When Derrick Brown spells out all the factors that went into his decision, it starts to make some sense.
When his son Kai looks up from his father’s lap, it all becomes crystal clear.
“He’s very into lights,” Brown said gently back in April, Auburn’s fierce defensive lineman softly bouncing his baby on his knee in a room under Jordan-Hare Stadium just after the Tigers’ A-Day spring game.
Brown’s jersey was still stained with turf and dirt from the field outside. Moments earlier he was locked in the battle of the scrimmage, powering over muscle and man to be named the day’s defensive MVP.
Then he was holding Kai, sat calmly in the media interview area after the game, gesturing around to the TV cameras swarming all around — all taking their turns to talk with the man who turned down millions of dollars.
“Whenever you look around him, if he sees lights or anything near his face, that’s what he’s going to look at,” Brown said, smiling down at his infant son.
He was barely bigger than the No. 5 worn across Brown’s chest.
But in Brown’s decision to come back to the Plains for his senior season this fall, Kai was huge — and family was everything.
Kai was born Dec. 20, right after Brown completed his junior season at Auburn and just before the team’s bowl game, and while other elite players like Brown were contemplating jumps to the NFL or returns to their college teams. Brown was projected by analysts to be a sure-fire first-round draft pick if he had left. If he was a top-10 pick, he could’ve been signed for more than $20 million.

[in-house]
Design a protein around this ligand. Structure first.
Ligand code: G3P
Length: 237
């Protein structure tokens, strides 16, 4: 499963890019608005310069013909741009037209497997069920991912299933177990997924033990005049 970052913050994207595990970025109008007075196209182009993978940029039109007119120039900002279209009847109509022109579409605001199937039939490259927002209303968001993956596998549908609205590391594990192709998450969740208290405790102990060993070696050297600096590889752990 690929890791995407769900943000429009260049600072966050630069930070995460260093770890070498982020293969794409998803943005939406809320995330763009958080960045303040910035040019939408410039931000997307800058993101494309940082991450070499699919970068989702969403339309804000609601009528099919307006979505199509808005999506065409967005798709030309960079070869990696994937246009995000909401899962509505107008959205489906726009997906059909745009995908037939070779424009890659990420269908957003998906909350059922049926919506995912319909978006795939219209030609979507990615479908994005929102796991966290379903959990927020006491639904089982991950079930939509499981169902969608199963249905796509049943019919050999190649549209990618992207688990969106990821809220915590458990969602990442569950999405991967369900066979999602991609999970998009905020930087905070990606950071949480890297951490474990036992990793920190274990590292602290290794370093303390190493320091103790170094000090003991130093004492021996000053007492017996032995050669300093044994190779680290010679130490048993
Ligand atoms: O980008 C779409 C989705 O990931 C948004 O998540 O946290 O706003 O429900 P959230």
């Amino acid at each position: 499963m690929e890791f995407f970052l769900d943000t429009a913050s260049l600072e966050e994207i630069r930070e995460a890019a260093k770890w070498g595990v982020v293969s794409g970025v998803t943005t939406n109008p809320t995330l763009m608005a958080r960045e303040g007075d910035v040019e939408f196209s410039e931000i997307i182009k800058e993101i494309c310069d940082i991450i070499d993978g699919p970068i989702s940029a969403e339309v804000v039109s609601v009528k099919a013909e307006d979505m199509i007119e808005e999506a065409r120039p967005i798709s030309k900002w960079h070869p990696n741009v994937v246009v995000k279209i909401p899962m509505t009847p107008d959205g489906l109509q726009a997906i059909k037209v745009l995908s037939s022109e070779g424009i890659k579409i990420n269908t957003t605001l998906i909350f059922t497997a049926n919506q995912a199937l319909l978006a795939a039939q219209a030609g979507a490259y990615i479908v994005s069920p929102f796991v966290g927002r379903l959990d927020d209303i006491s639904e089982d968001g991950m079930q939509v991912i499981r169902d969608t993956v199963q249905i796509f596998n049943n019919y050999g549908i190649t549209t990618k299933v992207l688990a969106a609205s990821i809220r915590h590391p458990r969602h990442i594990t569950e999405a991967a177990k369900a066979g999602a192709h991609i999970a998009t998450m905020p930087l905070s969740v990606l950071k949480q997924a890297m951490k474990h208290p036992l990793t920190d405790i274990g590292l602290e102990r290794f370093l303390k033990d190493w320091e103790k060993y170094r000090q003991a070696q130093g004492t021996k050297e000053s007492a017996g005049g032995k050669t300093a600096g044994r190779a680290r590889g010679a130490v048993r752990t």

Instead, in that same moment in April, as other players geared up for the draft later in the month, Brown sat in Auburn, his orange and blue jersey still on his shoulders, and his son in his lap — all smiles.
Brown explained in the spring that he’s content with his decision to play out his senior year at Auburn, on schedule to graduate this December and to step off campus with a degree in his hand and prepared to provide for his young family.
Family is what kept him at Auburn. His parents insisted that he would finish his studies, now or later, if he had decided to go pro early.
And now, more than ever, family is so much a part of his journey at Auburn. His younger brother, Kameron, signed with the Tigers in February, and the two will be teammates this fall.
“It’s like, you just went from being a kid to now you’ve got to be a grown man,” Brown said back in February in another visit with the media. “You’ve got to become the provider and you’ve got to become the person that’s taking care of your son. You’ve got to weigh the options.
“I thought it’d be more beneficial for me, to be honest, to come back, finish, and get my degree — because when it comes time for my son to get his degree, I’m going to push for it. I’m not going to take ‘No’ for an answer, just like my dad has done with me.”
Brown’s parents didn’t insist he come back, he said. They only told him that, either way, he had to graduate eventually. If he had left, Brown could’ve returned to Auburn for classes in the NFL’s offseason to finish up. Cam Newton left Auburn after his junior season in 2010, and eventually completed his degree in 2015.
But Brown didn’t want to wait that long.
“I realized I had 27 credit hours left, so I was like, ‘You know what? Let me just go ahead and knock this out in two semesters rather than play around with it for three or four years,’” he said.
Suddenly, Brown’s once shocking decision to turn down so much money starts to make more sense.
“If I don’t go this year, I could get hurt. I hope not to. But, you know, my degree in my hands is going to be so much more powerful than what could’ve had happened,” Brown said. “I could’ve been in the league and I could’ve been hurt. … I felt it would’ve been harder that way.
Instead, Brown’s back at Auburn for one more ride as a Tiger. He’s going to enjoy it — and he won’t be alone.
“Just being able to have my son here when I do graduate in December will be a nice memory I won’t ever forget,” he said.